(config-if)#ipv6 enable

Using ipv6 enable is enough to generate some link local addresses which is all we need for this exercise. Here are the IPv6 addresses that the routers created:

R1#show ipv6 interface FastEthernet 0/0 | include FE80
  IPv6 is enabled, link-local address is FE80::C001:2FF:FE40:0 [TEN]
R2#show ipv6 interface FastEthernet 0/0 | include FE80
  IPv6 is enabled, link-local address is FE80::C002:3FF:FEE4:0 [TEN]

To see the neighbor discovery in action I will enable a debug on both routers:

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Forum Replies

  1. Hi Diana,

    Glad to hear you like it!

    There’s not really a short answer to your question. Technically, ND doesn’t require MLD to work.

    IPv6 ND uses multicast and the solicited node multicast addresses.

    Using multicast instead of broadcast sounds effective but in reality, your ND traffic is probably still broadcasted since your L2 switches don’t know where to forward the multicast traffic to.

    To improve this, you could enable MLD snooping on the switches. Your hosts will have to report what they want to receive through MLD and then the switch will be able to deliv

    ... Continue reading in our forum

  2. Itai,
    The solicited node multicast address is known because the IPv6 RFC standards have established a “rule” in how to form the solicited node multicast address based on the IPv6 addresses that is needing to be queried. The rule states that solicited node multicast address is: FF02::1:FFXX:XXXX where X is the last 24 bits of the IPv6 target address. This means you take the last “half” of the next to last hextet, and the entire last hextet and append it to FF01::1:FF. See example below.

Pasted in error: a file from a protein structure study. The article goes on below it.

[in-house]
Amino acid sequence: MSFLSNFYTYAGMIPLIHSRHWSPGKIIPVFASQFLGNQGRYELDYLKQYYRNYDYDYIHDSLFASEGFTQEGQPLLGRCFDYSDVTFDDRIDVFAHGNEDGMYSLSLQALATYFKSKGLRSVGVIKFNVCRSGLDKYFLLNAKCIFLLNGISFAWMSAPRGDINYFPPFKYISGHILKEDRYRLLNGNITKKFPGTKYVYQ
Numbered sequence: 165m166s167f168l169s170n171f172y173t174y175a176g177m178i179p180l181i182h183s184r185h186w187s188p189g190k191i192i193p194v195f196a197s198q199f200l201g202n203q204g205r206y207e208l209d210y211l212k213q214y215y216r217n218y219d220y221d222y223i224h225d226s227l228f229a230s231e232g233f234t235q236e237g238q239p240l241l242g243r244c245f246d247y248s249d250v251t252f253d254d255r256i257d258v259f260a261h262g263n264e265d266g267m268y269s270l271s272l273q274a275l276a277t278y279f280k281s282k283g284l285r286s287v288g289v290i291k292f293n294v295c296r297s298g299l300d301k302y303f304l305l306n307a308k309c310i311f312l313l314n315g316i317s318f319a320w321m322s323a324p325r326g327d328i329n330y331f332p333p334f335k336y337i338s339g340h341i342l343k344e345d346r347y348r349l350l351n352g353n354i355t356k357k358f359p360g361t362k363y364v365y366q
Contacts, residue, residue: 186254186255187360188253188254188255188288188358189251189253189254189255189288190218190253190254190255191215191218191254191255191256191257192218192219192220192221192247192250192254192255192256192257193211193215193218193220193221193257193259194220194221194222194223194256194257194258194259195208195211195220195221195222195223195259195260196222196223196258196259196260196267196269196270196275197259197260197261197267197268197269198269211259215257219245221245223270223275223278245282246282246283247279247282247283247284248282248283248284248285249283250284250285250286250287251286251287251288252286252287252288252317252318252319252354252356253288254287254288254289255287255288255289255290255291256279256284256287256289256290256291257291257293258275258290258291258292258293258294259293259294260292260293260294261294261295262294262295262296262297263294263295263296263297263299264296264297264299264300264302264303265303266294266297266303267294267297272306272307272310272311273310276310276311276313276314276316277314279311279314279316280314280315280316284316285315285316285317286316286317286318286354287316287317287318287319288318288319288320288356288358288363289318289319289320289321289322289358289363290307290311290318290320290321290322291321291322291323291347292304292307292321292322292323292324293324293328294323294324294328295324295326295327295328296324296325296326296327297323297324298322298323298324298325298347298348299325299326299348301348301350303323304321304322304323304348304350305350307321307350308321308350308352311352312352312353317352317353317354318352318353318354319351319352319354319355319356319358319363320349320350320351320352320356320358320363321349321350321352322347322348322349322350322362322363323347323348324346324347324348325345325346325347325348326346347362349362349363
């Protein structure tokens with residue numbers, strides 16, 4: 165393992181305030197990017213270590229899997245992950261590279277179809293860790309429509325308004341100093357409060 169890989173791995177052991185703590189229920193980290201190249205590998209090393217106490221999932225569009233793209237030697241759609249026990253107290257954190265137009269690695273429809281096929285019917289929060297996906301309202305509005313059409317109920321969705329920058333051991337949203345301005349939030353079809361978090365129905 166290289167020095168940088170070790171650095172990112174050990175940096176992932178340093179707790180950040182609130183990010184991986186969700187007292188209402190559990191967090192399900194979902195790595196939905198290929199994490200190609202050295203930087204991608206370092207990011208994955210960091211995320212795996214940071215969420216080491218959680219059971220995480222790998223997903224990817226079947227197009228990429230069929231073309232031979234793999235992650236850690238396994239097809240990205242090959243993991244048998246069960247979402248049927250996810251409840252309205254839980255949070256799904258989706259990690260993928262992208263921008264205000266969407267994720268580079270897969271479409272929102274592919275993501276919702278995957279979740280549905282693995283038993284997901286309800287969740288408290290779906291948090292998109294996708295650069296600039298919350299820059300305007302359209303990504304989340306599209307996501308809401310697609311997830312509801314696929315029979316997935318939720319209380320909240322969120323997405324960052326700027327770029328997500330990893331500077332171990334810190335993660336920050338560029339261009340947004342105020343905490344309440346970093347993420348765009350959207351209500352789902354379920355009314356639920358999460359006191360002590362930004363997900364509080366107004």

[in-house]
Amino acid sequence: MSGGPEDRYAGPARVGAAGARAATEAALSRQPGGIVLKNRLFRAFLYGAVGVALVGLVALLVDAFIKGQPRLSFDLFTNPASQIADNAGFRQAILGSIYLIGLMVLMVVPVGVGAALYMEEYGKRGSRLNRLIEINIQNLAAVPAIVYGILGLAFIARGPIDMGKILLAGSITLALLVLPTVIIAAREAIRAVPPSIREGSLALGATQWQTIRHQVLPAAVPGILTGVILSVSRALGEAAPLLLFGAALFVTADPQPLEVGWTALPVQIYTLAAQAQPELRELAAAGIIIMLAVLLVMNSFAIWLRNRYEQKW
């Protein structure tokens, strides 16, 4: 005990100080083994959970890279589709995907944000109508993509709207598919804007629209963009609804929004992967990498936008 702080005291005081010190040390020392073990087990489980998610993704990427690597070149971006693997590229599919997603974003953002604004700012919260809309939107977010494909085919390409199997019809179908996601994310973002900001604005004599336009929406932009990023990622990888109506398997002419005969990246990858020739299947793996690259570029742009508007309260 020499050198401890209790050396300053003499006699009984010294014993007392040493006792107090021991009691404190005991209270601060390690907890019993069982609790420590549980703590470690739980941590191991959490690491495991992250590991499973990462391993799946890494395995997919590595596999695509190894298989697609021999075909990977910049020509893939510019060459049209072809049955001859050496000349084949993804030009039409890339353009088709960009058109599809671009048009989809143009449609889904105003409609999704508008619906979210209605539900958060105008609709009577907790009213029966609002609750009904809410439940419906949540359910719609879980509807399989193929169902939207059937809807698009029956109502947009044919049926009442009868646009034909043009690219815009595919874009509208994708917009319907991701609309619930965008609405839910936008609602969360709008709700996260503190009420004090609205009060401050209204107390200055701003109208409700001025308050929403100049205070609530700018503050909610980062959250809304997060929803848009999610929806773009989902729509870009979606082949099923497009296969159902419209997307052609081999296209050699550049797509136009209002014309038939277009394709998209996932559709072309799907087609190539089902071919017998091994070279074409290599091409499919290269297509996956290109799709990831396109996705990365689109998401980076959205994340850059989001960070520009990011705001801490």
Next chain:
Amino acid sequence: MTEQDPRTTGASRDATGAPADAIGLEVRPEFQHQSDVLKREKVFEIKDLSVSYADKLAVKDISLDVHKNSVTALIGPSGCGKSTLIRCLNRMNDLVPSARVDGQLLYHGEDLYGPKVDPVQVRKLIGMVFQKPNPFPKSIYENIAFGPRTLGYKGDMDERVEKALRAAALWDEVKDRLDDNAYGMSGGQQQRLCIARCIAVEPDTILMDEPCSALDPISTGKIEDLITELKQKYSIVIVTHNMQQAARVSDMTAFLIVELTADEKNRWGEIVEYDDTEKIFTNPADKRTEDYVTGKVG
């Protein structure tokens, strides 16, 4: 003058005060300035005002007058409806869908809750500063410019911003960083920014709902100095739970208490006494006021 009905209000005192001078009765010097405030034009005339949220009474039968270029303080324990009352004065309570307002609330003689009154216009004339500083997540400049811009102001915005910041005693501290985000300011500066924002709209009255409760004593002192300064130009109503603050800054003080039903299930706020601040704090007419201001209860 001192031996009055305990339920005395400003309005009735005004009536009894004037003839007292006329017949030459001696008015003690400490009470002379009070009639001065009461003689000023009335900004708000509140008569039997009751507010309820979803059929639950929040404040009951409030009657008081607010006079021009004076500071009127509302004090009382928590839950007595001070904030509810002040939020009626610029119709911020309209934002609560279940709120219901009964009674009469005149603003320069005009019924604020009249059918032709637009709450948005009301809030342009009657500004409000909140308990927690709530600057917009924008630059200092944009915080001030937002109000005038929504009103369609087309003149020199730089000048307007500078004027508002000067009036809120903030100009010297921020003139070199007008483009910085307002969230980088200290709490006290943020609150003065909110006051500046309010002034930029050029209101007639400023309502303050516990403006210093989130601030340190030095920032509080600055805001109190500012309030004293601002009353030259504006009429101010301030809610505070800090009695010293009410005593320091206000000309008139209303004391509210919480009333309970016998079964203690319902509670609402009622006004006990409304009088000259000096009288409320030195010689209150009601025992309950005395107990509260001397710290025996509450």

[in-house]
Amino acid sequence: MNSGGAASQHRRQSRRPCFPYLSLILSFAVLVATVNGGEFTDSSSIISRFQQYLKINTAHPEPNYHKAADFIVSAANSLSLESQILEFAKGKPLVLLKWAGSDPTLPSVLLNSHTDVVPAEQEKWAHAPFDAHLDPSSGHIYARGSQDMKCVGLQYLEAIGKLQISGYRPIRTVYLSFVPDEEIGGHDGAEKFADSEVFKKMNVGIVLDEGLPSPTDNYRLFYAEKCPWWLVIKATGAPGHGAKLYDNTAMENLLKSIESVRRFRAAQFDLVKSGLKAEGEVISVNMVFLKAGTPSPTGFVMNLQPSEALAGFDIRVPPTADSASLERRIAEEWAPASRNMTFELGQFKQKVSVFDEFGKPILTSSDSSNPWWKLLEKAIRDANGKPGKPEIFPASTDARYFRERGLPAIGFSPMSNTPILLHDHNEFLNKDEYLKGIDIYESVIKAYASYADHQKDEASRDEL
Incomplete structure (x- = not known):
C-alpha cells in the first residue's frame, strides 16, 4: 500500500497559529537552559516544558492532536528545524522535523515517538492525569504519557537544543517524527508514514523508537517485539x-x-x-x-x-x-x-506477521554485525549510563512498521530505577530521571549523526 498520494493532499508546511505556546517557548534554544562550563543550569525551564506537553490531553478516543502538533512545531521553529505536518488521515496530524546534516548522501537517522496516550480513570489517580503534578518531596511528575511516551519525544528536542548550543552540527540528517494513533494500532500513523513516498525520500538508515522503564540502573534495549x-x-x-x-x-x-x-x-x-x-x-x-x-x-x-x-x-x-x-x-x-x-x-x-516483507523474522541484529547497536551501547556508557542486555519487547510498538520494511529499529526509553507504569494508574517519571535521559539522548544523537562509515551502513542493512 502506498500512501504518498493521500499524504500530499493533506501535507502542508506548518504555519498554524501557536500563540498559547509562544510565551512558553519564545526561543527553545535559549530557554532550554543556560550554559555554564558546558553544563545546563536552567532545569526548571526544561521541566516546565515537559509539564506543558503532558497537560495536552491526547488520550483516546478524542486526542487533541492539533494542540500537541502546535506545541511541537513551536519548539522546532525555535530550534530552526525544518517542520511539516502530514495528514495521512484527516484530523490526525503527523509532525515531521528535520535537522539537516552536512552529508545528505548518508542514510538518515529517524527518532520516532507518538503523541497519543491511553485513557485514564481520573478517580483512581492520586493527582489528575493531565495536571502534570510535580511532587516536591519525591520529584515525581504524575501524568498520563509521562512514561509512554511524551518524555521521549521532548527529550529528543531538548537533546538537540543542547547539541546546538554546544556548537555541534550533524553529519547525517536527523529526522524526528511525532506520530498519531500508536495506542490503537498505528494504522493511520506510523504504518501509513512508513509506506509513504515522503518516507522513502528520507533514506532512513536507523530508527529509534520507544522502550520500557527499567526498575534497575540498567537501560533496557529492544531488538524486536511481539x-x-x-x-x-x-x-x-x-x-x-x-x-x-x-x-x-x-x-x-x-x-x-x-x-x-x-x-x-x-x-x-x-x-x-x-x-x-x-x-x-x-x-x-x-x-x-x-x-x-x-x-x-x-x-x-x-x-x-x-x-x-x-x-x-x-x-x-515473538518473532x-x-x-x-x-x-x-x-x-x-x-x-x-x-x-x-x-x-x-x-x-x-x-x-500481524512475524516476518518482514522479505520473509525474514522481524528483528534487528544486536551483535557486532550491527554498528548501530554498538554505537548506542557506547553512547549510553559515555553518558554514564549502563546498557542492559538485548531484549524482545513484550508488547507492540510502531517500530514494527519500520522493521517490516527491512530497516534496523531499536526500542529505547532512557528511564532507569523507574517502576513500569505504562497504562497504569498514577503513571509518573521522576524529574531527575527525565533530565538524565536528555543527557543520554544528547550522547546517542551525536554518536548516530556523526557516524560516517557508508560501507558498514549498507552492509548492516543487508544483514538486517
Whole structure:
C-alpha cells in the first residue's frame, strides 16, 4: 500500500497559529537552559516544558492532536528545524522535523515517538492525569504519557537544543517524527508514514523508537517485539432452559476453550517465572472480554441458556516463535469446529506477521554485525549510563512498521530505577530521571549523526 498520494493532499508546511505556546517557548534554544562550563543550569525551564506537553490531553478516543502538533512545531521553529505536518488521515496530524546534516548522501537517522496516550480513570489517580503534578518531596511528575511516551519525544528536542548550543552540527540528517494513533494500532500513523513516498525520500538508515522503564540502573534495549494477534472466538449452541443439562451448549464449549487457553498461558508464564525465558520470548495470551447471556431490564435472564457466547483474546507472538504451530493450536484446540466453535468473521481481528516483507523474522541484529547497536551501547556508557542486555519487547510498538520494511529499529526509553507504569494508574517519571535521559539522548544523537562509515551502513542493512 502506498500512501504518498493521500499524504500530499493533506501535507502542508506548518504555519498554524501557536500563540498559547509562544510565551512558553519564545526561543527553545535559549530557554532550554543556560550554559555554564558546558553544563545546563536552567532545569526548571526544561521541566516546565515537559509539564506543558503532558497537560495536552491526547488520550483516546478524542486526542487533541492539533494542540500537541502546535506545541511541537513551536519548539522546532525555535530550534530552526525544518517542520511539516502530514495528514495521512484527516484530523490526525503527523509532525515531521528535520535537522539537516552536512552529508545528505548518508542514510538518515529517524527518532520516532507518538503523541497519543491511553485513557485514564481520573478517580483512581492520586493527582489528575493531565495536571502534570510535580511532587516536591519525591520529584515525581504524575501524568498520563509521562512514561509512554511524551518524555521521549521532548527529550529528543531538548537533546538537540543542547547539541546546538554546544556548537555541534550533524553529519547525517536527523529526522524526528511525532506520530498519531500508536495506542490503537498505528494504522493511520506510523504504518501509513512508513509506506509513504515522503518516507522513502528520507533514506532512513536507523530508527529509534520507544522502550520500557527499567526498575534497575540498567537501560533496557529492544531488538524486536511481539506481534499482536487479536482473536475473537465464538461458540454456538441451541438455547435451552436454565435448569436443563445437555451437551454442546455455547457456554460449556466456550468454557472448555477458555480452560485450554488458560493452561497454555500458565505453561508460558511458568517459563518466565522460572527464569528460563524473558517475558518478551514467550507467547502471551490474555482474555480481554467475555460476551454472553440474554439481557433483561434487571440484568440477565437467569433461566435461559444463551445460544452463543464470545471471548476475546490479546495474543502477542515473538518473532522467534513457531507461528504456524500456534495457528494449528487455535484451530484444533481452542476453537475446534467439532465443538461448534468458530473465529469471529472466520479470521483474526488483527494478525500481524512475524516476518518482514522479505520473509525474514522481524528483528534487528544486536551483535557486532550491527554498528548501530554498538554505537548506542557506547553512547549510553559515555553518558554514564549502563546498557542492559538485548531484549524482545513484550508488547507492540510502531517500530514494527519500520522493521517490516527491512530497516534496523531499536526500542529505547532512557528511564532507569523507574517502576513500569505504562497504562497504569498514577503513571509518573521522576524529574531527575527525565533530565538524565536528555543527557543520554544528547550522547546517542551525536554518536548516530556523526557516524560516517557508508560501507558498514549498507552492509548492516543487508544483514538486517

The last thing you would need to know is that there is also an IPv6 RFC r

    ... Continue reading in our forum

  3. Hello Rahul

    Whenever you configure an interface to function as an IPv6 interface, it automatically sends out NS messages.
    This will occur even BEFORE any IPv6 addresses have been configured. You can see from your capture and from your CLI that you have posted, that both R1 and R2 have link-local addresses of FE80::C001:8FFF:FEEF:0 and FE80::C001:8FFF:FEF7:0 respectively.

    As for the NA message, those are sent under two conditions: The first is as a response to an NS and the second when there is a change in the link-layer address of a node on a local link. Wh

    ... Continue reading in our forum

  4. @castrojuanj
    Hello Juan,
    I hope you are doing well,
    I have labed your question and took a packet capture to see if I can help you understand NDP better.

    First off a link-local address is configured in two ways.

    1. The administrator specifies the link-local address to be used
    2. The local router uses eui-64 to generate the proper IP address for link-local use

    Now if you have a unique local and global unicast IP address assigned to the same interface and it receives an RS, it will the respond with an address for both unique local and global unicast addresses. So no t

    ... Continue reading in our forum

  5. you state this twice. Once here and once above. The first time you stated it I was not sure as I just thought on it briefly. Not liking the answer but then you state it again here so

    ... Continue reading in our forum